Opinion writer

Noor Ul-Hasan reacts during Rep. Jason Chaffetz’s (R-Utah) town hall meeting at Brighton High School in Cottonwood Heights, Utah. (Rick Bowmer/Associated Press)

House Speaker Paul Ryan (R-Wis.) says Obamacare is failing. Club for Growth president David McIntosh warns that voters “gave Republicans the charge to repeal and replace Obamacare,” so the “delays and discussions about repairing Obamacare need to stop.” The problem is that voters fear disruption, don’t want to lose what they have and won’t find what Republicans are selling very attractive.

Ask voters, not politicians, what their complaints are about the Affordable Care Act and they’ll say rising premium costs, high deductibles and the individual mandate. Look at what Republicans are offering, however, and you’ll see that they address only one issue — the individual mandate.

Appearing on ABC’s “This Week,” Sen. Rand Paul (R-Ky.) suggested that an attempt to duplicate the benefits of the ACA by other means would be unacceptable. Speaking for himself and Freedom Caucus hard-liners in the House, he said that “we’re not into, like, replacing it with some federal programs.” He calls the GOP House approach “Obamacare lite.” Republicans should offer a more minimalist bill, although they need Democrats to pass something, which they won’t get. Got that?

Republicans have several major hurdles. First, they want to repeal Obamacare taxes but are vague on how to pay for their own plan. Second, their ideas — which generally involve making low-cost catastrophic plans available for purchase — aggravate the problem of out-of-pocket expenses. Third, while declaring their intention to protect those with preexisting conditions, their stated schemes (high-risk pools, for example) are unlikely to be sufficient. In essence, Republicans are offering the right to purchase lower-cost, catastrophic care with higher out-of-pocket costs. That’s not unreasonable, but it’s also not responsive to voters’ complaints.

And here’s the rub: According to a New York Times report, there won’t be a plan from the Trump administration. Health and Human Services Secretary Tom Price told House leaders last week that “the administration would let the House draft the replacement bill.” That should be a flashing red light to Republicans. It seems Trump was — shocker! — lying when he previously said in an interview with The Post the White House had drafted a plan that was nearly done. Moreover, by refusing to put his own position in writing, Trump directs criticism of an Obamacare replacement to House Republicans and preserves his option to reject the plan and attack his own party for coming up with an insufficient plan.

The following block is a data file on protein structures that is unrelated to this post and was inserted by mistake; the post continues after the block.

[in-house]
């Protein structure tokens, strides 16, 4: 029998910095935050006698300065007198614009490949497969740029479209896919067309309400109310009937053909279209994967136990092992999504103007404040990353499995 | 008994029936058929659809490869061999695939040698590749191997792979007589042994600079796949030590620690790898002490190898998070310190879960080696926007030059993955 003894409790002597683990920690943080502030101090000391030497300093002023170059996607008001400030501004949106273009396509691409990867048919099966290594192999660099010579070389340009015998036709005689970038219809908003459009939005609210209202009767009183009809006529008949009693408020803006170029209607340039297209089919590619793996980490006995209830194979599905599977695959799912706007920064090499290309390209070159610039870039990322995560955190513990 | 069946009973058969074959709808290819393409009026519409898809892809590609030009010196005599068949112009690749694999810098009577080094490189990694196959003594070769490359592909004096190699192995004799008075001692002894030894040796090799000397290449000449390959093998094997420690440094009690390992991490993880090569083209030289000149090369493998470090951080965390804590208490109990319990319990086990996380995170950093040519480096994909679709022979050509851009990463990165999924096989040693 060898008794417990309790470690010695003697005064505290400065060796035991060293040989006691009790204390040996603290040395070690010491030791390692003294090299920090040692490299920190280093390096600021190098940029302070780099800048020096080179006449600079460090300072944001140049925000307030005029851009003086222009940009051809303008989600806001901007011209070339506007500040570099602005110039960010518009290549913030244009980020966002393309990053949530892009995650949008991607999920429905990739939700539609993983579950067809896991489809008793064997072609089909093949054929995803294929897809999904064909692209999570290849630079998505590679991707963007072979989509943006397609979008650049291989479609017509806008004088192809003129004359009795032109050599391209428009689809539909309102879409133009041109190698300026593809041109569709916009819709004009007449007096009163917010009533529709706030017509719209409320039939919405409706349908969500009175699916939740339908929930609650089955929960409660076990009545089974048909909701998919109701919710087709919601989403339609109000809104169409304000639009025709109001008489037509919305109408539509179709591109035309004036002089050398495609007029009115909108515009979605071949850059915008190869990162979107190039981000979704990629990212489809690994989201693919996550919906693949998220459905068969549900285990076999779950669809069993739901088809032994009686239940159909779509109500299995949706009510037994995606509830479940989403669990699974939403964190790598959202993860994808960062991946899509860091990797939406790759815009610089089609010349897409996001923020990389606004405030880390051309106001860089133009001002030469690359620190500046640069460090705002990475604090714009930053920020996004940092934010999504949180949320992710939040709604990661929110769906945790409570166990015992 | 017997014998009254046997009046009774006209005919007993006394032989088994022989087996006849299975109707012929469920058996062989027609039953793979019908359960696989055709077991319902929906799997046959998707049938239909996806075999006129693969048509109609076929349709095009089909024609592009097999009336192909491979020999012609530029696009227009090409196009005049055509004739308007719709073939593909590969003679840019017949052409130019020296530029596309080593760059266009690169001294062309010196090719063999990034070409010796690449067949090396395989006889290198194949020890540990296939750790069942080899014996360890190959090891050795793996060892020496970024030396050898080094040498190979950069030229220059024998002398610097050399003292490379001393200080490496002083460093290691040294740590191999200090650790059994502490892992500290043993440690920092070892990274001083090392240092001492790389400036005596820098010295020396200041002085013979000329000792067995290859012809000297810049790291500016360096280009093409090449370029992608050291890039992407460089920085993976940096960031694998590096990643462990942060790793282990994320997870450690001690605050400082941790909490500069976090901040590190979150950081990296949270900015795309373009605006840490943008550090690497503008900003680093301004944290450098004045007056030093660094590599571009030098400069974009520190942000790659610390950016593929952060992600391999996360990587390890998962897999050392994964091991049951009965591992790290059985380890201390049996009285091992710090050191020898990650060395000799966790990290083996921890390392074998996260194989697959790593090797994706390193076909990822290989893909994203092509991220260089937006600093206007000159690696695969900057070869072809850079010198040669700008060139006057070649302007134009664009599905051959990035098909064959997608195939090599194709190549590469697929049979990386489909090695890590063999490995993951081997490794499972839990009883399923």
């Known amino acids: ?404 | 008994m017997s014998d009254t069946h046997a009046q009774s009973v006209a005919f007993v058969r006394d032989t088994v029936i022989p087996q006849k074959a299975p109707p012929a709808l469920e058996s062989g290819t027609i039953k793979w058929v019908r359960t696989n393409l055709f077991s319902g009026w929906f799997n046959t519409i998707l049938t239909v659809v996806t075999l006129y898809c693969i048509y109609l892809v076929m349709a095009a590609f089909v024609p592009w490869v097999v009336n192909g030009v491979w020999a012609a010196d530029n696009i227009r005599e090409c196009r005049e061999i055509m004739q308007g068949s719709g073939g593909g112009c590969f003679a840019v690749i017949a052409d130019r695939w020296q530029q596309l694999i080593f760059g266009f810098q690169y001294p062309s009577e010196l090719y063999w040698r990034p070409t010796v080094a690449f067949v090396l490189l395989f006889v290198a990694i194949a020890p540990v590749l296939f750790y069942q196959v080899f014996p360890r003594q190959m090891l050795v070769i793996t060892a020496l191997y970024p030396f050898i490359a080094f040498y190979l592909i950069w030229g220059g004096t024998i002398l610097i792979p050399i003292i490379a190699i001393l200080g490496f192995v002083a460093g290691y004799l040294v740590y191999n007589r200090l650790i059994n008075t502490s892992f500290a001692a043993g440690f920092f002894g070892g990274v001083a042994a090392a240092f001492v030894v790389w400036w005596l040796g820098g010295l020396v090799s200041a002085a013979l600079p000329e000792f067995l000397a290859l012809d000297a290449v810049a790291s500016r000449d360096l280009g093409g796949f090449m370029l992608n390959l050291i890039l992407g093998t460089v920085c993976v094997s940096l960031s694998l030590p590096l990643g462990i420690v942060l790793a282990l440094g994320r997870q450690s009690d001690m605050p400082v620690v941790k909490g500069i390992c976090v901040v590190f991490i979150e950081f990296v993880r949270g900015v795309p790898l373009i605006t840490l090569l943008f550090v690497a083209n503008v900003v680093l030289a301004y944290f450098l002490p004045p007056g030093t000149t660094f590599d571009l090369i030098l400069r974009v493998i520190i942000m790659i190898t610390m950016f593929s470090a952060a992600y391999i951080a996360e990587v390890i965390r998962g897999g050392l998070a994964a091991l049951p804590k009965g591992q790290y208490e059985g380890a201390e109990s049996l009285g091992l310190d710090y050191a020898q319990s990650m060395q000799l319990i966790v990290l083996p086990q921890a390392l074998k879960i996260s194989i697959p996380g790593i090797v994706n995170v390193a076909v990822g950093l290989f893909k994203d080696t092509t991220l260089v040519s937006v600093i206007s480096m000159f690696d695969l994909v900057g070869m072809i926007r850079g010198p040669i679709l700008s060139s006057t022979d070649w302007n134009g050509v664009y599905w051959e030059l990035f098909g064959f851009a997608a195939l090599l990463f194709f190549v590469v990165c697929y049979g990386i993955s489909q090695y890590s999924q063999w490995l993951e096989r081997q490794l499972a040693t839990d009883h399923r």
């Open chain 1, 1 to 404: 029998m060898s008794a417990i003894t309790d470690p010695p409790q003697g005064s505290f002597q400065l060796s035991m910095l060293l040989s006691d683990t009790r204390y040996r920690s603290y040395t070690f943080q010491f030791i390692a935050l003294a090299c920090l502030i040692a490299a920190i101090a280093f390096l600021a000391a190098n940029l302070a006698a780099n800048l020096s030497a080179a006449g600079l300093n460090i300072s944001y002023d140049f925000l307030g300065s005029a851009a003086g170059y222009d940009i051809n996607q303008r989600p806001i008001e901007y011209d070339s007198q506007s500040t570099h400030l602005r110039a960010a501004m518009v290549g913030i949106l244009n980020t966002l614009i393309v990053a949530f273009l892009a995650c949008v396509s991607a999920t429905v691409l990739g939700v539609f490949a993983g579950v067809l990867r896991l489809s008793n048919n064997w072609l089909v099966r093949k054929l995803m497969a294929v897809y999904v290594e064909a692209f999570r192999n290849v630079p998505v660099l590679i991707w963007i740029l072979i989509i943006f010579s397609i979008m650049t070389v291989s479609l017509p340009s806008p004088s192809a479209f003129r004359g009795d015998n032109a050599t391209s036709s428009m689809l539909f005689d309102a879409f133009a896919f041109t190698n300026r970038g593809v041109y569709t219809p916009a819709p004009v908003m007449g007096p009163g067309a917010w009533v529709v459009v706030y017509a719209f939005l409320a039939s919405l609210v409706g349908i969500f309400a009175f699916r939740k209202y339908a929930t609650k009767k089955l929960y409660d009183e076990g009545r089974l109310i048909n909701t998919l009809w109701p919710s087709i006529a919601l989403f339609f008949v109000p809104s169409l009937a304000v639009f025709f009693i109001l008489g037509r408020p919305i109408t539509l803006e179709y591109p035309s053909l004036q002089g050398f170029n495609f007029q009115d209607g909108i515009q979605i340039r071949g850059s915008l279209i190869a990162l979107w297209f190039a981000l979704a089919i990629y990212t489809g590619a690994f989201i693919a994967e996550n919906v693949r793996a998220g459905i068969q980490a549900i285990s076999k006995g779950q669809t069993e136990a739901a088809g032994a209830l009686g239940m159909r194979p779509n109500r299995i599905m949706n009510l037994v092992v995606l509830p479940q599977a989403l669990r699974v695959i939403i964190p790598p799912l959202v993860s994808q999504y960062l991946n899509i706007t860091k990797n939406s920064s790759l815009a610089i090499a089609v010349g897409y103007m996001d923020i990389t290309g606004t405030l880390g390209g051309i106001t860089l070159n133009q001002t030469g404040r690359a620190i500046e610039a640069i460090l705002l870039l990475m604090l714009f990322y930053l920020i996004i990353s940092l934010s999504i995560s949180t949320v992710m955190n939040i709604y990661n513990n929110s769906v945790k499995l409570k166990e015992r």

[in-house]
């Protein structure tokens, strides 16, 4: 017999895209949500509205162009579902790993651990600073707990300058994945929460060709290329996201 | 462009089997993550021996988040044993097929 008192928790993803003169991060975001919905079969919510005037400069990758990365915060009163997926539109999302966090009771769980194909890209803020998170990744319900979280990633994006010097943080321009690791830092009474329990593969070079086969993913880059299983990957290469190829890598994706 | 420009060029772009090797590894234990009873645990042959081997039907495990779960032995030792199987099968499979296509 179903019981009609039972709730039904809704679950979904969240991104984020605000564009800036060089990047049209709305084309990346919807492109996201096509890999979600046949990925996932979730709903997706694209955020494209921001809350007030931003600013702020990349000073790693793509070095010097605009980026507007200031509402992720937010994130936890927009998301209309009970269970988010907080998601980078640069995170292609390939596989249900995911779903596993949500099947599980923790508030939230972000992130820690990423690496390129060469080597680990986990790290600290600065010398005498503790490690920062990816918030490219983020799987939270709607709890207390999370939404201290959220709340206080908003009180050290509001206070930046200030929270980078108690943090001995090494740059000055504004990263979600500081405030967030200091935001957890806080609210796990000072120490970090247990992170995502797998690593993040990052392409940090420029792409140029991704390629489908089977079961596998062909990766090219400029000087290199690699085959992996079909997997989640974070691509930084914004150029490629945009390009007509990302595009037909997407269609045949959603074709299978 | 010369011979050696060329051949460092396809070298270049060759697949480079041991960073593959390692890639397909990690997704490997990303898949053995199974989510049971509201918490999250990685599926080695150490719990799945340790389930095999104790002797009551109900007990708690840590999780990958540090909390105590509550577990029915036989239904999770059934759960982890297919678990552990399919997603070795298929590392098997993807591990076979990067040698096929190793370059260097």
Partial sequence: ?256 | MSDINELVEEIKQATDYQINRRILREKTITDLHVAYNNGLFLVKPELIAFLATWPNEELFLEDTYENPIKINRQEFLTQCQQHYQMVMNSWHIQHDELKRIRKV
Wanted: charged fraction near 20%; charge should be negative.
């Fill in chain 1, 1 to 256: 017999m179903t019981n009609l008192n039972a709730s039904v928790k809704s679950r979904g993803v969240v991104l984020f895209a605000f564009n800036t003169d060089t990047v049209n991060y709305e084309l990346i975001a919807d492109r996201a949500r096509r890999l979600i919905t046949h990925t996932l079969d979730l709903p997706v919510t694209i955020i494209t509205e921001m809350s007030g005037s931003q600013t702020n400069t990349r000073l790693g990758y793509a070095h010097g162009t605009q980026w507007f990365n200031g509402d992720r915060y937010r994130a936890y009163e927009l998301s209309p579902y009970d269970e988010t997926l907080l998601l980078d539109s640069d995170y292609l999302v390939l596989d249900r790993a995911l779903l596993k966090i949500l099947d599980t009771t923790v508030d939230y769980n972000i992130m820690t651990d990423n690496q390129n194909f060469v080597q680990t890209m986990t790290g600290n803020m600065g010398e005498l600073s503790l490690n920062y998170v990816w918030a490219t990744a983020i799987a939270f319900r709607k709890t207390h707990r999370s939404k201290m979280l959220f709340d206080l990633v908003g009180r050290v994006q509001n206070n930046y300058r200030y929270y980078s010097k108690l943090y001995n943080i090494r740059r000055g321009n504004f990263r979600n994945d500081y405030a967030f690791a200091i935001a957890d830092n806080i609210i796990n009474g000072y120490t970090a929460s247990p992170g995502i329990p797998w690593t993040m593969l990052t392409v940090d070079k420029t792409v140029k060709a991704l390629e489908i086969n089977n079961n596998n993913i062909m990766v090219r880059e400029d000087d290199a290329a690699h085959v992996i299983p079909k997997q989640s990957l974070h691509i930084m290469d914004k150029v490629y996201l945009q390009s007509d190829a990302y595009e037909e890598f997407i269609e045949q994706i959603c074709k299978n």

Indeed, Republican lawmakers are the ones getting a taste of opposition to their fuzzy replacement plan. As NPR reported on the raucous town hall with Rep. Tom Reed (R-N.Y.):

The backlash is happening in prime Trump country. Reed’s 23rd District, which encompasses the western tip of southern New York, borders Pennsylvania and includes the more liberal college town of Ithaca. It has more in common with the neighboring Keystone State — which Trump carried — than New York City. It’s rural, working-class, and made a big swing for Trump at the ballot box.

Making clear that they were not “paid demonstrators,” the older, working-class audience gave Reed a piece of their mind:

Republicans’ biggest Achilles heel is front and center as they meet with constituents: their lack of a consensus plan to replace former President Obama’s signature health care law, despite making it the cornerstone of their campaign platform for several years.

On Saturday, Reed was repeatedly pressed about how Republicans would propose replacing the ACA. While he said he supported keeping some of the popular provisions in the current law — such as guaranteeing coverage for people with pre-existing conditions and allowing children up to age 26 to stay on their parents’ plan — on other issues he didn’t have concrete answers, frustrating many in the crowd.

When one constituent in the earlier Ashville gathering asked for the number of the GOP replacement bill so she could look it up, Reed said he would have his staff get back to her. In fact, there isn’t just one bill that’s been proposed, but several. President Trump has said he will roll out his alternative next month.

Things did not get any easier when the subject shifted to Reed’s votes to shield Trump from inquiry. When he tried to defend his vote against requiring Trump to release his tax returns, the crowd “drowned him out with chants of ‘What are you covering up?’ and ‘He’s not a private citizen!’ ” When the subject turned to Russia, the crowd derided Reed as “attendees shouted, ‘Russia! Russia!’ — demanding Reed address the president’s alleged ties to the country and intelligence findings that Russia had tried to meddle in the U.S. elections to help Trump.”

To sum up, Republican House members– whether intentionally or not — are being set up to take the fall for an ill-conceived and incomplete effort to replace an albeit flawed ACA with something potentially worse. Lawmakers had better make sure that Trump has skin in the game and that they are listening to their own voters. They would be wise to stop carrying Trump’s water on his tax returns and his connections to Russia. If not, they risk getting slaughtered at the ballot box in 2018.